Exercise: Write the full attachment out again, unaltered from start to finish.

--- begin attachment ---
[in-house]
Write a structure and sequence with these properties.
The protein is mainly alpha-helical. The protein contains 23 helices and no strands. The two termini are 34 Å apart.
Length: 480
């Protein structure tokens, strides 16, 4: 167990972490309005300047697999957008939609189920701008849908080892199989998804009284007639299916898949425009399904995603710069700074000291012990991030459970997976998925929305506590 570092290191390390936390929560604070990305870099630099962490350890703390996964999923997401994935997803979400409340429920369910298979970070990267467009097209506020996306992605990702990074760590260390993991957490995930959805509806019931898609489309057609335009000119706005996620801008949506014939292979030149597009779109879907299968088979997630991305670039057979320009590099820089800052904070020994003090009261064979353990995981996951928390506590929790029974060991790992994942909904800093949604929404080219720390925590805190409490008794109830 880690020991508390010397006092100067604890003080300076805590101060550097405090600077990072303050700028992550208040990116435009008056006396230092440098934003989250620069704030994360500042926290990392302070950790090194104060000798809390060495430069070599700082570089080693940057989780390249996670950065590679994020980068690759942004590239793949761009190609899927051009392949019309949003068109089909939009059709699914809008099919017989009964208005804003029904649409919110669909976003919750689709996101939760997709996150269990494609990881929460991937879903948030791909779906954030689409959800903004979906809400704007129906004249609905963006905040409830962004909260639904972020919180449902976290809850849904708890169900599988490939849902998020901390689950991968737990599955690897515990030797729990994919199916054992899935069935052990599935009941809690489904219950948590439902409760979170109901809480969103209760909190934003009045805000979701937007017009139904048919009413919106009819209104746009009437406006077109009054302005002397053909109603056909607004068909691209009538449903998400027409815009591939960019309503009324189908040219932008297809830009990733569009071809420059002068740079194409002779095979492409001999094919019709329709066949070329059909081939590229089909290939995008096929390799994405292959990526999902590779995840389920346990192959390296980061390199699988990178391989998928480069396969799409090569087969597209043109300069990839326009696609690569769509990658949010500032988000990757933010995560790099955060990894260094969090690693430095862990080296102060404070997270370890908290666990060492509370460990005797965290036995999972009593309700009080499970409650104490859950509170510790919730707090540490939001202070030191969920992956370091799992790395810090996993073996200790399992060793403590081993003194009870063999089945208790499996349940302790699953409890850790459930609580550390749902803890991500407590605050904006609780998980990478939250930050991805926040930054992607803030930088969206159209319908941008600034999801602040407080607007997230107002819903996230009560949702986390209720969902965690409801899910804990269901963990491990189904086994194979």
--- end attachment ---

[in-house]
Write a structure and sequence with these properties.
The protein is mainly alpha-helical. The protein contains 23 helices and no strands. The two termini are 34 Å apart.
Length: 480
């Protein structure tokens, strides 16, 4: 167990972490309005300047697999957008939609189920701008849908080892199989998804009284007639299916898949425009399904995603710069700074000291012990991030459970997976998925929305506590 570092290191390390936390929560604070990305870099630099962490350890703390996964999923997401994935997803979400409340429920369910298979970070990267467009097209506020996306992605990702990074760590260390993991957490995930959805509806019931898609489309057609335009000119706005996620801008949506014939292979030149597009779109879907299968088979997630991305670039057979320009590099820089800052904070020994003090009261064979353990995981996951928390506590929790029974060991790992994942909904800093949604929404080219720390925590805190409490008794109830 880690020991508390010397006092100067604890003080300076805590101060550097405090600077990072303050700028992550208040990116435009008056006396230092440098934003989250620069704030994360500042926290990392302070950790090194104060000798809390060495430069070599700082570089080693940057989780390249996670950065590679994020980068690759942004590239793949761009190609899927051009392949019309949003068109089909939009059709699914809008099919017989009964208005804003029904649409919110669909976003919750689709996101939760997709996150269990494609990881929460991937879903948030791909779906954030689409959800903004979906809400704007129906004249609905963006905040409830962004909260639904972020919180449902976290809850849904708890169900599988490939849902998020901390689950991968737990599955690897515990030797729990994919199916054992899935069935052990599935009941809690489904219950948590439902409760979170109901809480969103209760909190934003009045805000979701937007017009139904048919009413919106009819209104746009009437406006077109009054302005002397053909109603056909607004068909691209009538449903998400027409815009591939960019309503009324189908040219932008297809830009990733569009071809420059002068740079194409002779095979492409001999094919019709329709066949070329059909081939590229089909290939995008096929390799994405292959990526999902590779995840389920346990192959390296980061390199699988990178391989998928480069396969799409090569087969597209043109300069990839326009696609690569769509990658949010500032988000990757933010995560790099955060990894260094969090690693430095862990080296102060404070997270370890908290666990060492509370460990005797965290036995999972009593309700009080499970409650104490859950509170510790919730707090540490939001202070030191969920992956370091799992790395810090996993073996200790399992060793403590081993003194009870063999089945208790499996349940302790699953409890850790459930609580550390749902803890991500407590605050904006609780998980990478939250930050991805926040930054992607803030930088969206159209319908941008600034999801602040407080607007997230107002819903996230009560949702986390209720969902965690409801899910804990269901963990491990189904086994194979």